Therapy | Aortic valve stenosis


The therapy of aortic valve stenosis depends on the severity of the disease, the symptoms that occur as well as any concomitant diseases and the patient’s general condition. While in mild to moderate aortic valve stenosis without symptoms there is controversial discussion as to whether surgical replacement of the aortic valve is justified, surgical procedures for the replacement of the aortic valve in moderate to severe as well as critical aortic valve stenosis are recommended. Surgical procedures are also performed in relatively old patients, as it has been shown that quality of life can be significantly improved by valve replacement even in very old patients.

Aortic valve replacement can be performed using both artificial and biological (porcine) aortic valves. Under certain conditions, new surgical techniques make it possible to insert the new aortic valve minimally invasively with the aid of a catheter via this keyhole technique. Drug therapy is only recommended if surgical treatment is not possible for certain reasons.

Drug therapy for the successful treatment of aortic valve stenosis does not currently exist and, according to the current state of research, is not effective. Studies have shown that the progression of the disease cannot be slowed down by drug therapy. The most important thing is that risk factors are minimized and a lifestyle change is possibly made.

Due to the late diagnosis, however, for most patients surgical therapy is the only way to successfully treat the disease. An exception are patients who, due to other risk factors or concomitant diseases, cannot receive aortic valve replacement or have to wait for surgery. Here, drugs such as diuretics, ACE inhibitors, digoxin, or so-called “Sartane” can be used.

These drugs generally aim to relieve the pumping function of the heart. In order not to jeopardize the success of the therapy, regular check-ups should take place in these cases. According to the current state of research, surgical intervention is the only way to successfully treat aortic valve stenosis.

Depending on the condition of the patient and the conditions of the hospital, different surgical procedures can be considered. Patients who can be expected to undergo surgery due to possible concomitant diseases and their general condition are treated by open surgery. In this open surgery, the old aortic valve is removed and either an artificial or a biological heart valve is sewn into the heart.

It is also possible to insert the heart valve with the help of a catheter. In this procedure, also known as TAVI (transcatheter aortic-valve implantation), the new biological heart valve is guided through an artery in the groin to the aortic valve with the help of a catheter and at this point it is pressed into the old, narrowed valve. Currently, this procedure is only performed on patients for whom open surgery would be too risky.

When operating on aortic valve stenosis, the valve is replaced by a prosthesis. This is indicated when symptoms, especially heart failure, occur. However, even if no symptoms are present, but there is a pressure difference of more than 50 mmHg between the left ventricle and the aorta.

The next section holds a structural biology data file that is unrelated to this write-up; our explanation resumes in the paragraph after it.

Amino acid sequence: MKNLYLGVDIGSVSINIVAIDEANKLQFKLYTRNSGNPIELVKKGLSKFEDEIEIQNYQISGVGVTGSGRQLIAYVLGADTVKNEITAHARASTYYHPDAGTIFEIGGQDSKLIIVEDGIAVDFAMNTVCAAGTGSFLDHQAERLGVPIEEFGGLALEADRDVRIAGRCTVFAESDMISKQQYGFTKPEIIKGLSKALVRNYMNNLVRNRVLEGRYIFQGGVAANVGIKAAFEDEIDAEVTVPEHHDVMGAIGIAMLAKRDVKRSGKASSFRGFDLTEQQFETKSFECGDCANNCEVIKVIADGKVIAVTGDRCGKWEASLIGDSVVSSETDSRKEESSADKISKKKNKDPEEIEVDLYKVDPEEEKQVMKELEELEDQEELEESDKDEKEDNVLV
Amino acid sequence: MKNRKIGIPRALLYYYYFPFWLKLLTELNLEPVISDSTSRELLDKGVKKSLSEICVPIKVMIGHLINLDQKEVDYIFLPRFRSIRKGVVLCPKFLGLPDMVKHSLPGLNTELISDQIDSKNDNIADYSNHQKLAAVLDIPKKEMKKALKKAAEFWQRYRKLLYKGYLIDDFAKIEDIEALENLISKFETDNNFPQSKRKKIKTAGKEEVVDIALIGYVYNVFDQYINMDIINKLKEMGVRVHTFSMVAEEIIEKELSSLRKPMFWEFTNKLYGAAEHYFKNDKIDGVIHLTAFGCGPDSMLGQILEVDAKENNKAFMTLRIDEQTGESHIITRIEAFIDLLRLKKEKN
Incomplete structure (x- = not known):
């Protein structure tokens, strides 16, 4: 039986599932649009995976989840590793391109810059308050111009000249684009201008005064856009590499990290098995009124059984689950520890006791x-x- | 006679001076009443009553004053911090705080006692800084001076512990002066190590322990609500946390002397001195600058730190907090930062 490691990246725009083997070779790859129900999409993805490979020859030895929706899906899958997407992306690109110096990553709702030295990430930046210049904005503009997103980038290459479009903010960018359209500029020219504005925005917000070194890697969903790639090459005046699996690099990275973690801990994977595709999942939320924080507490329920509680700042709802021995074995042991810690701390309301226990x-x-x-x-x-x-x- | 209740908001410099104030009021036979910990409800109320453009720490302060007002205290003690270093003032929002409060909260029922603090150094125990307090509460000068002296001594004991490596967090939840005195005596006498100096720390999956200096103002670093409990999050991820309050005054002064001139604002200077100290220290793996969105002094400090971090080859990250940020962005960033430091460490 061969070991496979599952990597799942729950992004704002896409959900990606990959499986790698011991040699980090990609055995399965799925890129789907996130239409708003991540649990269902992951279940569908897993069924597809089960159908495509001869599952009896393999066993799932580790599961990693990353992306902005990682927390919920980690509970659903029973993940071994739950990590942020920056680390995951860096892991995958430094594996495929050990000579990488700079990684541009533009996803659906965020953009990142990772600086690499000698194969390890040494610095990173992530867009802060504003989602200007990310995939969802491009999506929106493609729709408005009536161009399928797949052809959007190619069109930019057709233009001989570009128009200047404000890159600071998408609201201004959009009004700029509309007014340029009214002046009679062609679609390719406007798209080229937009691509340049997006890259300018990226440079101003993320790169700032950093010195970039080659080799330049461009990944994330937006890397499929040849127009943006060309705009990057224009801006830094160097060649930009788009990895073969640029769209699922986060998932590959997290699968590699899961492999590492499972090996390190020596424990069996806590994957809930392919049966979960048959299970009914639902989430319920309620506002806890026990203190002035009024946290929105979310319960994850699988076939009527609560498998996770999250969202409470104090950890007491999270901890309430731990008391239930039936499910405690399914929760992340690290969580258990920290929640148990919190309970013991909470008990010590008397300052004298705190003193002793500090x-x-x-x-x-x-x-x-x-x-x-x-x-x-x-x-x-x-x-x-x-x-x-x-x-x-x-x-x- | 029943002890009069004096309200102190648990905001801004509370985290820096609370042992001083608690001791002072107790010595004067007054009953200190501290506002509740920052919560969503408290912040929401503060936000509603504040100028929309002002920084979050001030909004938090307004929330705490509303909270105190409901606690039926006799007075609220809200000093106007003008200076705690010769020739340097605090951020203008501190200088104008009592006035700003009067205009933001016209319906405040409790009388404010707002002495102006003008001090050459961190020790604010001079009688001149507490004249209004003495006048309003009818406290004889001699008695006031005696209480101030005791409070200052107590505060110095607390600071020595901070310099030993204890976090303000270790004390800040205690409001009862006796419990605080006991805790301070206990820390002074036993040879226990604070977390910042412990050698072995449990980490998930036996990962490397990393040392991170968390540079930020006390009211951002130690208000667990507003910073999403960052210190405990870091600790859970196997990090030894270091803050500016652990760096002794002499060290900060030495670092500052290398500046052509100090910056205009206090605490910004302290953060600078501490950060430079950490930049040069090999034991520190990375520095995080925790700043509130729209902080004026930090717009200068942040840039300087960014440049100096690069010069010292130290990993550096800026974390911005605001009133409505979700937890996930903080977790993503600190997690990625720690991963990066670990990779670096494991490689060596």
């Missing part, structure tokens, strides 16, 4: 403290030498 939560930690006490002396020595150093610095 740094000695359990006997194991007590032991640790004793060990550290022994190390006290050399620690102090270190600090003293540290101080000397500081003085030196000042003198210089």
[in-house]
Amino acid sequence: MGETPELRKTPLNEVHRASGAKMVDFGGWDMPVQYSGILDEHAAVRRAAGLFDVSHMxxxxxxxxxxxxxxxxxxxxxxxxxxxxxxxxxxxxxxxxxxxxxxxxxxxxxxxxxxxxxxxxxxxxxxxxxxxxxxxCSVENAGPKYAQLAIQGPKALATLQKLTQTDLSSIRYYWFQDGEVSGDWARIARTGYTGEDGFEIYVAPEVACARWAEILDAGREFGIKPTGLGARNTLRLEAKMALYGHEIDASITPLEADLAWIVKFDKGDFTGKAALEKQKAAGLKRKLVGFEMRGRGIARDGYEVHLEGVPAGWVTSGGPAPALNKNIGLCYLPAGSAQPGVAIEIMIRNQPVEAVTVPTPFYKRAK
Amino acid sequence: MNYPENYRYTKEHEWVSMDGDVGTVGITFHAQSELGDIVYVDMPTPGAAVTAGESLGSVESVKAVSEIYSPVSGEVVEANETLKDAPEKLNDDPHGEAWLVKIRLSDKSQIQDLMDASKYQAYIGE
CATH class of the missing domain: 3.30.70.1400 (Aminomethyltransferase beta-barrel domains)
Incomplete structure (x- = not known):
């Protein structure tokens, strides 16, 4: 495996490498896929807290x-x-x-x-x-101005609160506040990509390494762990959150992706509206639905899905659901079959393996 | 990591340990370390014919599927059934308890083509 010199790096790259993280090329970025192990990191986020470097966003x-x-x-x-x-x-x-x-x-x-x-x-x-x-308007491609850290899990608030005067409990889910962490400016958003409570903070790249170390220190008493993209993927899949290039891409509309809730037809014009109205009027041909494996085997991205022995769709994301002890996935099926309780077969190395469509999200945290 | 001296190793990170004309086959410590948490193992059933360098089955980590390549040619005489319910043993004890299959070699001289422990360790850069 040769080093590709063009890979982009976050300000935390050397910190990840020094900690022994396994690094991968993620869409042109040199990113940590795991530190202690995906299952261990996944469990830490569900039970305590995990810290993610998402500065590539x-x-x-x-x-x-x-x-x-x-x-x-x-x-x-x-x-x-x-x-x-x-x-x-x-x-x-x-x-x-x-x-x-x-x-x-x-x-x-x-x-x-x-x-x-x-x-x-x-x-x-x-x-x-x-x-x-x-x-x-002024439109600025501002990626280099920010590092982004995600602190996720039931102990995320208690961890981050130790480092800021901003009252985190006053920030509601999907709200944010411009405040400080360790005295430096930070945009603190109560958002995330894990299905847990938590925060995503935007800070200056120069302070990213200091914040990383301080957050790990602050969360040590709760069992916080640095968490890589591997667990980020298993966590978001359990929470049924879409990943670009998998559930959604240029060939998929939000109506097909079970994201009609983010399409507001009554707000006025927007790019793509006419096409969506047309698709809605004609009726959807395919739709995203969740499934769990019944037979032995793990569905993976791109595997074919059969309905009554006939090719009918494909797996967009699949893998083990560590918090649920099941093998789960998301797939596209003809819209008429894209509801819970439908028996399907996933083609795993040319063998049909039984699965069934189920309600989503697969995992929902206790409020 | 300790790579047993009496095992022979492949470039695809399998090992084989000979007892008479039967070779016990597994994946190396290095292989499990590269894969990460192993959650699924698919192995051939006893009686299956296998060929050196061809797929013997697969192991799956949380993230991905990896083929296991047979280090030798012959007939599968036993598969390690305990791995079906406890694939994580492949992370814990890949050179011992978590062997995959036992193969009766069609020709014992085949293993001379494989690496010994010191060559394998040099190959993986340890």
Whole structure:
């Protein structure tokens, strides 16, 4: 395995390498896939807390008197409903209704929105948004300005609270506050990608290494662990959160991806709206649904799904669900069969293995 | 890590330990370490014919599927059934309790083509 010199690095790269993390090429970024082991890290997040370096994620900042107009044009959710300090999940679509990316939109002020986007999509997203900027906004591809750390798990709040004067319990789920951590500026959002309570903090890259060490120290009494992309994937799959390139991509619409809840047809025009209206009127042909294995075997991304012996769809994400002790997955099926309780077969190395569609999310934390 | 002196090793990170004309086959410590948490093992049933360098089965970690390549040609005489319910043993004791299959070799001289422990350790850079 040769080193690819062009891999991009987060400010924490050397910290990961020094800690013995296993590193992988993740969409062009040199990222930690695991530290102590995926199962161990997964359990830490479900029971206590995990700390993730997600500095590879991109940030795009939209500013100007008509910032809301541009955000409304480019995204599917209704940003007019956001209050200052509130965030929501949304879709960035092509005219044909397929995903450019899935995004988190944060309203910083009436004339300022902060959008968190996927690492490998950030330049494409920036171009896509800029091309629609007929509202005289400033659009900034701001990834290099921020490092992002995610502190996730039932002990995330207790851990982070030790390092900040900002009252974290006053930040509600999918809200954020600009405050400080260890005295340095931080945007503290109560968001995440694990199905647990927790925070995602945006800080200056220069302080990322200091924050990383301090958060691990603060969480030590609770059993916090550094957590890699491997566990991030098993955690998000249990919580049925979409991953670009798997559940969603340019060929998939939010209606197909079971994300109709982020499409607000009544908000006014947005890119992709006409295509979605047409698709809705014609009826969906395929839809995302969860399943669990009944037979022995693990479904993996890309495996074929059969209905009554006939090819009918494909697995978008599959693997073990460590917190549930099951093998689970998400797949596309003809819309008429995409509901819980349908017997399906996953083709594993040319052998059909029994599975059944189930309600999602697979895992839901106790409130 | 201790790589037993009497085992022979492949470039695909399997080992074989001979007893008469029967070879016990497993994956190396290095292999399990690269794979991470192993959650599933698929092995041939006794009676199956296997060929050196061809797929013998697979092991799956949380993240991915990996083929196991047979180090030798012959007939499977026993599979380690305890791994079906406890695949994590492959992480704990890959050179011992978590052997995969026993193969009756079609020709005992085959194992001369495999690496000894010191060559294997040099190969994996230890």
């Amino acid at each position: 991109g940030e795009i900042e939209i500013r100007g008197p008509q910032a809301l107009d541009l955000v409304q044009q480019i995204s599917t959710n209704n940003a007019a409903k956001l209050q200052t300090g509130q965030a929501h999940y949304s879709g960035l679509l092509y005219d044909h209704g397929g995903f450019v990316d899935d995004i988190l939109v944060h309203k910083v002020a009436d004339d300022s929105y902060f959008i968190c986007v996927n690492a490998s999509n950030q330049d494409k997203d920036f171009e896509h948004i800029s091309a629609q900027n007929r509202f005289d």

Since life-threatening arrhythmias can also occur here. This topic may also be of interest to you: Artificial heart valvesAn alternative to surgery is a so-called TAVI (Transapical Valve Implantation). In this procedure, the replacement valve is folded up and inserted via catheter through the groin.

Once the old aortic valve has arrived, it is expanded by balloon and the new valve is pressed into place. This procedure is much gentler than surgery, as the chest does not have to be opened and the heart does not have to be stopped. Because it is a relatively new method of aortic valve replacement, there is not yet as much long-term experience as with surgery.

Studies on the durability of the latest generation of valves are also still pending, so that no definitive statement can be made. The last valid guideline, which deals, among other things, with the treatment and diagnosis of aortic valve stenosis, was written by the “European Society of Cardiology“. In the context of the new methods of surgical aortic valve replacement, many experts have dealt with this new guideline, which was published in 2012.

The main components of the guidelines are the indications for which surgical intervention or conservative therapy is recommended, the general conditions that must be given for the performance of the surgical interventions, and contraindications for which the respective therapy should not be performed. The guideline also provides an overview of the study results of individual therapy options. While in Germany the guideline is taken into account in the indication for surgical interventions, individual deviations may be necessary. Since the publication of the guideline, however, the performance of a TAVI (transcatheter aortic-valve implantation) is only possible in certain hospitals equipped for this purpose.